Blog posts

Talking FPV drones on Jay Boston show

Jay Boston invited me on his live show to talk about my experience with FPV drones.

It is a long conversation. We go deep into a range topics:

  • What FPV drones are. What makes them different from consumer drones such as DJI.
  • How to start with FPV.
  • Different classes of FPV drones.
  • Analogue vs digital FPV systems.
  • What equipment you need to fly FPV drones. What to buy and where to buy it.
  • Where to find more information about FPV.
  • Safety of FPV flying.
  • Rules and regulations of FPV flying.

I hope you’ll enjoy it.

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Blog posts

Introducing backstop-site-test - a visual regression checker for static sites

Person with blue plastic ruler on mouth

Photo by Linus Strandholm on Scopio

This site is built with Hugo static site generator. Being a static site, it doesn’t have a fancy back-end engine. No database either. Nothing breaks if left alone.

Still, Hugo team releases new versions from time to time. They add new features, fix some bugs and add new ones. I don’t upgrade to every new version. But occasionally I want to upgrade.

However, every time I do something breaks. Most often the thing that breaks is not on the front page, it somewhere else deep inside the site.

Time over time again I would upgrade the site and spin it up in a local environment. I would click around it, and everything would look ok. I’d push it to production. Then, days later, I would find a bug that affects quite a few pages. Because it is already in production, I would rush to fix it in the middle of the night till 3 am.

Having been through that a few time, I asked myself: can I do that better? Can I somehow test the entire site for regression and detect problems before I push the site into production?

I rolled up my sleeves and made a thing.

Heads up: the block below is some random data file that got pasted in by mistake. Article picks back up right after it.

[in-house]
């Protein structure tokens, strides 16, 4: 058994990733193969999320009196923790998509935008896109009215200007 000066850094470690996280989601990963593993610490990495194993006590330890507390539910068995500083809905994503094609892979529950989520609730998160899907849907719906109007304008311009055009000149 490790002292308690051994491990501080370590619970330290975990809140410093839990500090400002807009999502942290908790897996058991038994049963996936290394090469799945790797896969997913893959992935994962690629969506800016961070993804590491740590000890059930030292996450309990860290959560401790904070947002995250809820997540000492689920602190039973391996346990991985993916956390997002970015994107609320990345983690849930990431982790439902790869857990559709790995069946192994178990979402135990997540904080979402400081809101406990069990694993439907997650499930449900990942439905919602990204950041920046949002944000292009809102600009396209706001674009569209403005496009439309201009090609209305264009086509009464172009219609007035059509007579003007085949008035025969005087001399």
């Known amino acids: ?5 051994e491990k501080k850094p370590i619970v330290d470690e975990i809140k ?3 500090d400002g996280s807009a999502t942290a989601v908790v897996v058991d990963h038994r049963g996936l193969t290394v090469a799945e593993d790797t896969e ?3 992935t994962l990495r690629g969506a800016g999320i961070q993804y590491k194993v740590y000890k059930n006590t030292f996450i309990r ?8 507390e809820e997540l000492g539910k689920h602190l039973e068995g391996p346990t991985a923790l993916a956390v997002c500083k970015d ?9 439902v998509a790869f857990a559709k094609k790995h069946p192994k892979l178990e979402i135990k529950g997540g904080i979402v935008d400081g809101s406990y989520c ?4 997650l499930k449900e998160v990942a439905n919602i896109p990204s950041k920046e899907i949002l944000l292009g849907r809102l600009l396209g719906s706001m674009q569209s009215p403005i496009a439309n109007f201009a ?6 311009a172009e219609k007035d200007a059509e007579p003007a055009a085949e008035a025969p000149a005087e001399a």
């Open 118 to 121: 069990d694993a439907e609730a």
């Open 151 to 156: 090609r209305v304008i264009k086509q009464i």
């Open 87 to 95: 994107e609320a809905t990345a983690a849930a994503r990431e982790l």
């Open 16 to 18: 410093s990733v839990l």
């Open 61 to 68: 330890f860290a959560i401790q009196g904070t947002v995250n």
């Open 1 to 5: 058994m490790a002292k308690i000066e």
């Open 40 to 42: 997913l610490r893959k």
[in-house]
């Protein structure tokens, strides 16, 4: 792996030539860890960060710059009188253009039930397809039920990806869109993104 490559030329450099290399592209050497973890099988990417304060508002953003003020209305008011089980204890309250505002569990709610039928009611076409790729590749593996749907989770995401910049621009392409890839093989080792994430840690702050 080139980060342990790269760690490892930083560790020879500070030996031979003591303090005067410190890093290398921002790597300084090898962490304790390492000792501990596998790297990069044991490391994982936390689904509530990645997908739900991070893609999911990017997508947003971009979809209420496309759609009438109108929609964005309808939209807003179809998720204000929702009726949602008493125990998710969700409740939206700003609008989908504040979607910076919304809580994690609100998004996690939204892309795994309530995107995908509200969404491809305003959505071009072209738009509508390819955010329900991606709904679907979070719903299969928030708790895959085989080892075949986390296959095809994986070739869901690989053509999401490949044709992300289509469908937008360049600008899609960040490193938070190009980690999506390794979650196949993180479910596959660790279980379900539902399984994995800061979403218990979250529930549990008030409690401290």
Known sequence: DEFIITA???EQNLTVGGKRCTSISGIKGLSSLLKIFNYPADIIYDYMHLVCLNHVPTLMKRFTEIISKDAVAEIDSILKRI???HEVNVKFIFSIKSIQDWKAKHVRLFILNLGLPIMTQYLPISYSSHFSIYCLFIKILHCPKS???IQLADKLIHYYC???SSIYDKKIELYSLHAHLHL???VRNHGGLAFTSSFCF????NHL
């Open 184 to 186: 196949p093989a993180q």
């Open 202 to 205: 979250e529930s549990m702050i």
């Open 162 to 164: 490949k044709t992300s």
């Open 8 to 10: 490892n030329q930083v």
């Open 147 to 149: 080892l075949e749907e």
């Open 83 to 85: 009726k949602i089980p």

Say hello to backstop-site-test.

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Blog posts

Introduction to asynchronous operations in Javascript

Synchronous / Asynchronous

If you are learning JavaScript, you no doubt came across things like callbacks, promises, generators, and async / await. Those are asynchronous programming paradigms. In Javascript they are everywhere. If you want to understand JavaScript, you need to understand them. However, there is a problem.

Although there is no shortage of tutorials explaining callbacks, promises and async / await, most of them leave you scratching your head because they don’t answer one question:

What the heck asynchronous mean?

Most of the tutorials and articles I read just assume you already know that. What if you don’t? That’s why you are here.

Keep reading, and I will explain:

  • What synchronous and asynchronous mean
  • Why we need asynchronous operations
  • How asynchronous operations work
  • What kind of operations can be asynchronous in JavaScript
  • How you can make your own asynchronous operations
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Blog posts

Why are most React tutorials outdated?

Never stop learning

If you are learning React using a book or an online tutorial, you may be in for an unpleasant surprise. One minute you are following along, and then you get pissed off once you realise that the instructions you are following are hopelessly outdated. Even 5-star tutorials are best-selling books won’t protect you from that.

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Blog posts

Do I still need to bind React functions in 2019?

To bind or not to bind - that is the question

One of Reddit members asked me a question in follow-up to my answer to a question about this keyword:

Why do I need to bind a function if it’s in a class?

Short answer

You don’t need to use bind. If you use the following syntax to declare class methods, then this in them will be automatically bound to the current class instance. It’s magic.

It's magic
class MyComponent extends React.Component {
  myMethod1 = () => {
  myMethod2 = () => {

Note the absence of const keyword.

That syntax was introduced in ES6 class field declarations proposal and already widely supported. That is what you should do when you write React class-based components in 2019. bind is obsolete.

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